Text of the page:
However, every time fantasy met reality these men went in search of something simpler. And who could blame them? We were grown adults. Most of them had been having active sex lives for decades, and it was weird for them (some would say ridiculous) to suddenly be thrust back into the eighth grade.
So why wasn’t I dating Mormon men? In a nutshell, the pool is small, and people marry young, for obvious reasons. The leftovers were left over: closeted gay men, porn-addicted virgins, along with the merely awkward, uncompromising and unlucky. My favorite was the movie industry veteran who, after offering me a peanut butter cup, said: “Marie loves peanut butter. You know — Marie Osmond? We dated in college. She was into it, but I just couldn’t handle being Mister Marie Osmond.”
Obviously, I was left over, too — I was just never sure what my problem was. Until one man let me know. After overhearing a friend and me comparing our weekend horror-date stories, he walked up to me and asked, “You know what your problem is?”
No, I did not know what my problem was. And I was dying to find out.
“Your problem,” he said, “is you don’t need a man.”
I thought that was a good thing — to be able to take care of oneself.
He asked if I had a job.
“That’s your problem.”
“Men in the church are raised to be providers. We are the breadwinners, the stewards of the household. If you have all the things we’re supposed to provide, we have nothing to give you.”
“What of love?” I asked. “What of intimacy and partnership and making a run at the world together?”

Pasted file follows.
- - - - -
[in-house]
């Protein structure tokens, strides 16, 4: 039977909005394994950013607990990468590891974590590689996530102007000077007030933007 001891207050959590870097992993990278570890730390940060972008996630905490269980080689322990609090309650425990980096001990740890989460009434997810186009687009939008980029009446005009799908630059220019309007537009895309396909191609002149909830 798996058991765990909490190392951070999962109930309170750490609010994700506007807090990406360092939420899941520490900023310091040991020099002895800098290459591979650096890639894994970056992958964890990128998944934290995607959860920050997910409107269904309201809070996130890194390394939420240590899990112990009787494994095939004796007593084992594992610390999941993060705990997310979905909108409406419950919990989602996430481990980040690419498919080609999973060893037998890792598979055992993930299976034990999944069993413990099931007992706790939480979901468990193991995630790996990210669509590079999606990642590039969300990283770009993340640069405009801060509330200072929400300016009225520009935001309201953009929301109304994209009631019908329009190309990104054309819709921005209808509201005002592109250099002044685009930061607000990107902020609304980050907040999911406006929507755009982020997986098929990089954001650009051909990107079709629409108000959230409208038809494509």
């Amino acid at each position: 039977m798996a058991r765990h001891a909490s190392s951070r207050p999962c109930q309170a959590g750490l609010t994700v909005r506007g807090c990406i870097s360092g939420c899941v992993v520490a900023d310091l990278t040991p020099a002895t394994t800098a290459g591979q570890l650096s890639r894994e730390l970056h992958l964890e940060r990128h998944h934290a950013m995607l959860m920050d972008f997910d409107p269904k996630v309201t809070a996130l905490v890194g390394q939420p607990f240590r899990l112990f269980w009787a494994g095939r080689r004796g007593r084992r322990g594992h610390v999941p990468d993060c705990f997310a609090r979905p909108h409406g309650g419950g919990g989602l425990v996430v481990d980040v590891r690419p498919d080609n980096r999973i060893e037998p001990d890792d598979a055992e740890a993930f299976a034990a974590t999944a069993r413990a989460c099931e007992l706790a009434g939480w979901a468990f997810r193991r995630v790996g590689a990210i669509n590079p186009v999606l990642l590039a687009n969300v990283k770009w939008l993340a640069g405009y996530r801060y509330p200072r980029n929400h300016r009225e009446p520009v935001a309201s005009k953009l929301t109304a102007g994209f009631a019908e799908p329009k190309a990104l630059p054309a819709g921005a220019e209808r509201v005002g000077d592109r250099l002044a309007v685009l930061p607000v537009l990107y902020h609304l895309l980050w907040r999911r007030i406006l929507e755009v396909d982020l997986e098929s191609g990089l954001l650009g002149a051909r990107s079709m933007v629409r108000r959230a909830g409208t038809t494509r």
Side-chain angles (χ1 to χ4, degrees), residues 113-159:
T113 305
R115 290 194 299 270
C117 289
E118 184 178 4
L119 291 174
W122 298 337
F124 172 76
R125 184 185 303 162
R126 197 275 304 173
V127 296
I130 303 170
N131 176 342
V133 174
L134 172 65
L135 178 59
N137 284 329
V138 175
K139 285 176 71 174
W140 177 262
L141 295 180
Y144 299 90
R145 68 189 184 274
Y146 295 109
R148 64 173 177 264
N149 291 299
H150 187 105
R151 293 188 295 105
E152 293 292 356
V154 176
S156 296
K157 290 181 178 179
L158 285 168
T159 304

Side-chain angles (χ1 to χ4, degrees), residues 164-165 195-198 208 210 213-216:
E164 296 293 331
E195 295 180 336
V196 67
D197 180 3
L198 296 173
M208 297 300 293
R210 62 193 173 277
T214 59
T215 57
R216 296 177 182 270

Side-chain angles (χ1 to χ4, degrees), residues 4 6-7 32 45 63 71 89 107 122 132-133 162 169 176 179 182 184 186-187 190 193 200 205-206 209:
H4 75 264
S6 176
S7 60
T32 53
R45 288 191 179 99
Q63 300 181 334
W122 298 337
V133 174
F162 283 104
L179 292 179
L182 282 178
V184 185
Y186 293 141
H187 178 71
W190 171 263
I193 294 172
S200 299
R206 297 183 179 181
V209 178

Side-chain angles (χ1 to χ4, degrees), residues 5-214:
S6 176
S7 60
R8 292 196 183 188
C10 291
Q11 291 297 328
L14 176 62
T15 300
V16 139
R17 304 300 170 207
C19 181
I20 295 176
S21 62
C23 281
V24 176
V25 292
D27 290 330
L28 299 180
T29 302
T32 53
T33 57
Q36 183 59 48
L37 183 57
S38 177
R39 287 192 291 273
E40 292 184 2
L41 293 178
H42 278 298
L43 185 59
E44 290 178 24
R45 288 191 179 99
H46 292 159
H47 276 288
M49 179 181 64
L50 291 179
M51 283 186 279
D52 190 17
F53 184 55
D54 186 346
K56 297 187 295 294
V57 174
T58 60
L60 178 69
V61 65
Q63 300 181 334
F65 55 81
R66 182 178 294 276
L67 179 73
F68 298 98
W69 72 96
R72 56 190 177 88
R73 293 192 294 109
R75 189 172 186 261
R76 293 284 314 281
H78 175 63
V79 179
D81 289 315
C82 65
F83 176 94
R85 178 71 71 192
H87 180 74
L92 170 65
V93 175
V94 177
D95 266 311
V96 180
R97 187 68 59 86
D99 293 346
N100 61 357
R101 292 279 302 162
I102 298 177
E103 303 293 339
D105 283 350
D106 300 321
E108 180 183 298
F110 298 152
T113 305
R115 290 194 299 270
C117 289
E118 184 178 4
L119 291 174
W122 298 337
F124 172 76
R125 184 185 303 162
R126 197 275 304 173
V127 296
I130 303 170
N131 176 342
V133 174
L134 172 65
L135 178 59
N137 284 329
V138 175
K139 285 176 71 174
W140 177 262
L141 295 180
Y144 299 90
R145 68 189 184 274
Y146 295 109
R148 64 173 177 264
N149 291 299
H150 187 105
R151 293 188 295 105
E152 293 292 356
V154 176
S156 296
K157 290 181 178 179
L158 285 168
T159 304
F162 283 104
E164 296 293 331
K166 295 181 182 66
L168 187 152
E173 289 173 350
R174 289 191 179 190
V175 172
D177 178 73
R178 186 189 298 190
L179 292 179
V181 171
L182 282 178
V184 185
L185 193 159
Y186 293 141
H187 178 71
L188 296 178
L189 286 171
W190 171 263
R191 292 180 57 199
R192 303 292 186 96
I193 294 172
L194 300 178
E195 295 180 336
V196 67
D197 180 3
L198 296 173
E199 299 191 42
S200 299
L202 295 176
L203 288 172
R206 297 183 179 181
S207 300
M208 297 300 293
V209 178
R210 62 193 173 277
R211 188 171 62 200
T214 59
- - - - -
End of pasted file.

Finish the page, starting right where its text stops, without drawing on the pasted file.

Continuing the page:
“Nope,” he said. “We’re providers.”
Regardless of my tragic dating history, the fact that I had no reason to feel hopeful, I tried for 15 years not to lose hope. The gospel was the answer. It had saved my parents, each of whom had converted, separately, when they were young. Thanks to the Mormon church, they escaped childhoods rife with abuse, alcoholism and neglect. They found God, found each other, and were rescued by a community committed to family, forgiveness and joy.
Out of chaos they created a tiny space where our family of four lived happily and prospered. I was surrounded by love, taught that I am a child of God, that I have a divine purpose — my whole life I’d felt secure, fulfilled, purposeful and connected. And further, I’d made a commitment. Why would I abandon God and his church now when in all ways but one I had asked and had received?
Perhaps the failure was mine — I’m sure many church members see it that way. I was too weak to endure. They’ll say I should have waited another decade, or spent my whole life alone if that’s what God required.
I’m just unwilling to believe that’s what God wants for anyone, and was unwilling to continue spiraling further into a disconnected life, feeling abandoned, being discounted.
Oddly, my trip to Planned Parenthood provided much that the church had not in recent years. During my exam, the clinician explained every move before she made it, asked permission to touch me during the most routine procedures. I was mystified: by her compassion, by the level of attention paid to my body — as if it were fragile, or sacred. Only then did it occur to me how many terrified and abused women Planned Parenthood must treat every day.
And that brought me to tears, sorrowful for the ways in which we all suffer, in whatever ways we do, and grateful for the unlikely refuge of this place. Grateful also for the safety granted my own tears, prompted by the delicate weight of a hand on my shoulder, the warmth of her palm against my back.
How unprepared I was to experience tenderness in the place I had been warned so vehemently against. How unprepared for the flood of relief, the bud of hope, after a life devoted to keeping myself separate from my body. Here was a path, an opening; here was empathy.
I would have an IUD instead of children; I would have intellectual and spiritual freedom; I would write poems and finally live inside my body; I would, for the love of God, feel a man’s hands on me before I died.